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Since the first class moved into Afrikan Heritage House in 1972, it has been a place of black cultural expression and tradition. This gallery is a small representation of life inside this inspirational house.

Students study at two round tables in Afrikan Heritage House.
Students gathered in the lounge.


The largest Program House on south campus is Lord-Saunders, also known as Afrikan Heritage House, A-House, and The House. This contemporary building overlooking South Bowl is a designated safe space for students of the African Diaspora and other students interested in learning about Africana culture. A-House is the center of activity for students of all levels who want to heighten their understanding of cultures, traditions, and issues among African, African American, and Afrikan Caribbean societies.

Students have a picnic on the patio of A
Students in South Bowl attending an outdoor show in the 1970s.
People dancing in Lord Saunders lounge.j
Students dance of the patio of Afrikan H
A boy and girl eating in Lord-Saunders dining hall in 2014
A boy and girl eating in Lord-Saunders Dining Hall in the 1970s
Students eating at Lord-Saunders dining hall in the 1970s
A crowded dining hall in Afrikan Heritage Housein in 2015

house guests

soul session

A tradition that has been around since the 1970s, a soul session is an opportunity for individuals to express themselves creatively through spoken word, dance, music, poetry, or song. Sometimes audience members are so moved that they toss shoes at the feet of the individual giving the performance to show respect and appreciation.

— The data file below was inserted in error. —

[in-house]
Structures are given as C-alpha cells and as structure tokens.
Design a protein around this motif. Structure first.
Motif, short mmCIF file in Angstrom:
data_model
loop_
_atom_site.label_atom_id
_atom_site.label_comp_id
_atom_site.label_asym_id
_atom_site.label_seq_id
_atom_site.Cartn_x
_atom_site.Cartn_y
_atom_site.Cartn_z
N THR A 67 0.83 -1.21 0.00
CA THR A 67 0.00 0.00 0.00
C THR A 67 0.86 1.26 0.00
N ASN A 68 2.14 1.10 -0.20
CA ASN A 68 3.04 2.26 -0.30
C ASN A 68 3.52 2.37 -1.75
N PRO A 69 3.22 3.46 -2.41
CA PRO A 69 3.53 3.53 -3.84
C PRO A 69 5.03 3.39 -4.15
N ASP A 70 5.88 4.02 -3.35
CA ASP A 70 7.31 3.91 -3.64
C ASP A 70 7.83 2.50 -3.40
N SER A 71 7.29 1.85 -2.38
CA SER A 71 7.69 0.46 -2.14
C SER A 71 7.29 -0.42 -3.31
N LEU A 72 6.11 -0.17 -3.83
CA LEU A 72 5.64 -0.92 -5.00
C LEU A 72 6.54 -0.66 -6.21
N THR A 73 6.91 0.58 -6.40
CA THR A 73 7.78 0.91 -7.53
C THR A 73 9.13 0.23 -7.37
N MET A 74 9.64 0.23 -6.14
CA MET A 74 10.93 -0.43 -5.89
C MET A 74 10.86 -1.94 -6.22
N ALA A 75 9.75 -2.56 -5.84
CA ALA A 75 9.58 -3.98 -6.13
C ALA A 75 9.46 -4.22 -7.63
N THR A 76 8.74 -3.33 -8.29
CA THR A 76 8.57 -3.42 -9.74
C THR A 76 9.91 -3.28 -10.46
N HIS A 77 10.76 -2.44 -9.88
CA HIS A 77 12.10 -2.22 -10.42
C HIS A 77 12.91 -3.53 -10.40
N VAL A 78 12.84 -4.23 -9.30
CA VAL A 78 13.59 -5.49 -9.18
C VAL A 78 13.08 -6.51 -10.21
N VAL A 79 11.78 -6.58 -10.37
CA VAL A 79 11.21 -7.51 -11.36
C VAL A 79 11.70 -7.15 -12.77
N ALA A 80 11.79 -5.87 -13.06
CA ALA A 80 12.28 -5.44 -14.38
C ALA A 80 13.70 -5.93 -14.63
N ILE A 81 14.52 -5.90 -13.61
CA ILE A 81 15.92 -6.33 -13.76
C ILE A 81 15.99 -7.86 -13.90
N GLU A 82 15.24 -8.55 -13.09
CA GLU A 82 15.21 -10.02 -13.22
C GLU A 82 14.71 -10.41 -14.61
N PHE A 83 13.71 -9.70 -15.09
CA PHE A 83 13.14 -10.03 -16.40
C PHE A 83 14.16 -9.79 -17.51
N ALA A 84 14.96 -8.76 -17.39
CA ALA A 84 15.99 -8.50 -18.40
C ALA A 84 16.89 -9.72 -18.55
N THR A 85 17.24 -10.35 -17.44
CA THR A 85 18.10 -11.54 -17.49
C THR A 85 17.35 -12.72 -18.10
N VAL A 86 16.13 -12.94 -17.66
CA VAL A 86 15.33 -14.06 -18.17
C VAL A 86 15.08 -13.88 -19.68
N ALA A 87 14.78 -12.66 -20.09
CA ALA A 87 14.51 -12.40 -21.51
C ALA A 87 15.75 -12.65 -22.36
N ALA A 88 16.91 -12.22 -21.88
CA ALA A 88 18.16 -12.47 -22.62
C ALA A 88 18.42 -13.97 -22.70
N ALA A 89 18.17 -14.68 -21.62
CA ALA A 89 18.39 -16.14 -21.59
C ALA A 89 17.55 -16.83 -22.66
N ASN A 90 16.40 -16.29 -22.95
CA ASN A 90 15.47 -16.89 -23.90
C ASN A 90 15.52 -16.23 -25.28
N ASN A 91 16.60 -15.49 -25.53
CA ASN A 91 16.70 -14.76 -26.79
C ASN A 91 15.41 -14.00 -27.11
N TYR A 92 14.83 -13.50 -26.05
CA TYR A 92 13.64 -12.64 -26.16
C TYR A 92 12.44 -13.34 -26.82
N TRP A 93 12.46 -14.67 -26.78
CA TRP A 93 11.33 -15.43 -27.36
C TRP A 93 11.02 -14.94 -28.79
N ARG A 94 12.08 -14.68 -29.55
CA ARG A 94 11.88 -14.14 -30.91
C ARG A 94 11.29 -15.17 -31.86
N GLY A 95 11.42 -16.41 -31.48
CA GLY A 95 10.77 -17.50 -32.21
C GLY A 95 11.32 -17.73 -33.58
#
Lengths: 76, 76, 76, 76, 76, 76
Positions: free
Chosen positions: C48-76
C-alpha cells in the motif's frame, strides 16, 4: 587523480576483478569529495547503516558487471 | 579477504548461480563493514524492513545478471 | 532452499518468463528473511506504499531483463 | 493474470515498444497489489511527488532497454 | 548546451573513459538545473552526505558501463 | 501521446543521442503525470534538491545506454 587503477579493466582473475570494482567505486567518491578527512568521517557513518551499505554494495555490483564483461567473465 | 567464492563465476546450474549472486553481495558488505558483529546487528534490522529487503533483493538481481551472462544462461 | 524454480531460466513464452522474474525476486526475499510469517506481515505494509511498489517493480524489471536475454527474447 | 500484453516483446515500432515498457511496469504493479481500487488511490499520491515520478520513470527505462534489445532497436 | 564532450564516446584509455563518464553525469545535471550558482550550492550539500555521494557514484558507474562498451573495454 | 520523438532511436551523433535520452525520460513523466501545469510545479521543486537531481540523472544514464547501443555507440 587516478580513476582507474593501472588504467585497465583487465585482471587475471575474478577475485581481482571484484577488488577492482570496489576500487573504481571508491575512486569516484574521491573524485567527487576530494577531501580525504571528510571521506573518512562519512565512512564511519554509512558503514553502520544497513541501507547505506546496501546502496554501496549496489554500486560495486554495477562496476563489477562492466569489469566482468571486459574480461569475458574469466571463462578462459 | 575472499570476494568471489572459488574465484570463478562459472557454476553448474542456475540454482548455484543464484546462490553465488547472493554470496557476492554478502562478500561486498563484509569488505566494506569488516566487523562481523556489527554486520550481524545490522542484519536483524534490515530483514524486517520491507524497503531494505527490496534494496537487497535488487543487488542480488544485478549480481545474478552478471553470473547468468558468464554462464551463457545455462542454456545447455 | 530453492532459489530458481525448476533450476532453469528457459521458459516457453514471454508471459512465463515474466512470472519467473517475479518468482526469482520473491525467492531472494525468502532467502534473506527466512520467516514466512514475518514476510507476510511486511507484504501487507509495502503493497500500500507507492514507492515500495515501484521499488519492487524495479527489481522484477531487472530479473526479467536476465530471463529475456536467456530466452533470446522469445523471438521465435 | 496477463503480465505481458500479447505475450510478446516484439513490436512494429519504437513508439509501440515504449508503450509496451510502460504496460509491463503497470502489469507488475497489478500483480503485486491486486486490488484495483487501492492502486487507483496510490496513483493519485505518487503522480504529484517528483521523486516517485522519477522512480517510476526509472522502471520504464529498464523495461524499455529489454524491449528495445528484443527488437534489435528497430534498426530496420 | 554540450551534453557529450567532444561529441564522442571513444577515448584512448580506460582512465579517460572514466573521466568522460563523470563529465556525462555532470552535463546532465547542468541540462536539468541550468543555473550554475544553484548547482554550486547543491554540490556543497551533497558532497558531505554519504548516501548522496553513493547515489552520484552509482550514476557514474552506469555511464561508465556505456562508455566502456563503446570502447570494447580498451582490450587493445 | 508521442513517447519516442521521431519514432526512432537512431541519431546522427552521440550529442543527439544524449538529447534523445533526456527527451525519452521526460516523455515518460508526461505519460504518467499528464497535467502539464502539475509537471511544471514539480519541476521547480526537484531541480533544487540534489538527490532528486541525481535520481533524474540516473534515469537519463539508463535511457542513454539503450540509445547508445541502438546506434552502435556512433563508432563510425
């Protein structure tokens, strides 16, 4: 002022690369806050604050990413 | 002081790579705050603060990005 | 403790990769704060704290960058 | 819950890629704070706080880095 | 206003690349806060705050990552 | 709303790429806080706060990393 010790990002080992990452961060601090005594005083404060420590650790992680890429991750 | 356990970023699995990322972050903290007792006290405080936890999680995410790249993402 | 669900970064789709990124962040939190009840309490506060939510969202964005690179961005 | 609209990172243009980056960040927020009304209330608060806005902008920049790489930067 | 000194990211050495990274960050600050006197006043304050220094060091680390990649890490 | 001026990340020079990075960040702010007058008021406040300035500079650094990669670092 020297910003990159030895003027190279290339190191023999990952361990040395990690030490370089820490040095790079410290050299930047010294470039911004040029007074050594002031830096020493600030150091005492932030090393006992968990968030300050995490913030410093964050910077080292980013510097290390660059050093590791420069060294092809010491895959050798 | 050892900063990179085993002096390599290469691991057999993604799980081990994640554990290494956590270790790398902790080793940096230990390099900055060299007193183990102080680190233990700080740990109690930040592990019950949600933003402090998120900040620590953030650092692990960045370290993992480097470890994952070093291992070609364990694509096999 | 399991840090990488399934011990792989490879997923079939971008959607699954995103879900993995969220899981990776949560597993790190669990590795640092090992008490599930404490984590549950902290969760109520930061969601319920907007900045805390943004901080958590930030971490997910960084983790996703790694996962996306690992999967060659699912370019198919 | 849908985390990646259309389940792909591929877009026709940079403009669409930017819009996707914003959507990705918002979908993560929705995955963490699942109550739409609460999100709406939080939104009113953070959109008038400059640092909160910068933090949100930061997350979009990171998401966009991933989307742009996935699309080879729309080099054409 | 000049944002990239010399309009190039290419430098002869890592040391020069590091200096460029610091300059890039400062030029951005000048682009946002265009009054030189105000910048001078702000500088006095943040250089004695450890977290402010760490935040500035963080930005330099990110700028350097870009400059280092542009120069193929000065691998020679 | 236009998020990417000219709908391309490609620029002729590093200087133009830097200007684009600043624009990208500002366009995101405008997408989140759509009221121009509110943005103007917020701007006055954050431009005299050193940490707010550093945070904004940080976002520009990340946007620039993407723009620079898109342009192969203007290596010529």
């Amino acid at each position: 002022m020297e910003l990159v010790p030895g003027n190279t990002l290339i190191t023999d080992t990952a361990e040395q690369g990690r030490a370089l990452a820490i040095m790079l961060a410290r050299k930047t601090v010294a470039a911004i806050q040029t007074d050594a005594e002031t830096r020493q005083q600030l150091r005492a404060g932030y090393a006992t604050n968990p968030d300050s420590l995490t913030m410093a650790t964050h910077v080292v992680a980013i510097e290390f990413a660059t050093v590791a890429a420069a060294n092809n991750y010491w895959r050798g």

A girl holds her hand out, finger pointed, with her eyes closed.
A student stands at the podium during a Soul Session. A pile of shoes surrounds her on the floor
An audience member uses a cell phone to record a person at the podium during a Soul Session


Kwanzaa, traditionally celebrated from December 26 to January 2, is a nationally recognized holiday started in the 1960s. The holiday is aimed at uniting black families through heritage and cultural tradition. 

A student lights candles at a Kwanzaa celebration.
A student stands at a podium during a Kwanzaa celebration in Afrikan Heritag House.


Umoja, Swahili for "unity," is one of seven principals of Kwanzaa that greet visitors as they enter the Afrikan Heritage House lounge. These words, carved in word, surround the walls of the lounge. They are: Imani (faith), kuumba (creativity), nia (purpose), ujima (collective responsibility), ujamaa (cooperative economics), and kujichagulia (self-determination).

A wooden plaque with the Swahili word for unity on it.

house prayer

The House prayer is said in unison before dinner. A plaque that hangs on the wall of both dining spaces reads: "One hand to give. One hand to receive. As we eat in umoja. May our minds, bodies and spirits grow stronger to enable us to build a better world for African people."

constructing a-house

In the late 1960s, Oberlin allocated spaces on campus for those with an interest in African heritage. The house moved to its present location in Lord-Saunders in1972.


Thomas Abeyta

Erik Andrews

Ben Garfinkel '14

Yvonne Gay

Michael Hartman

Zachary Jamieson '15

Derek Mahone '22

Dale Preston '83

Tanya Rosen-Jones '97

John Seyfried

Oberlin College Archives

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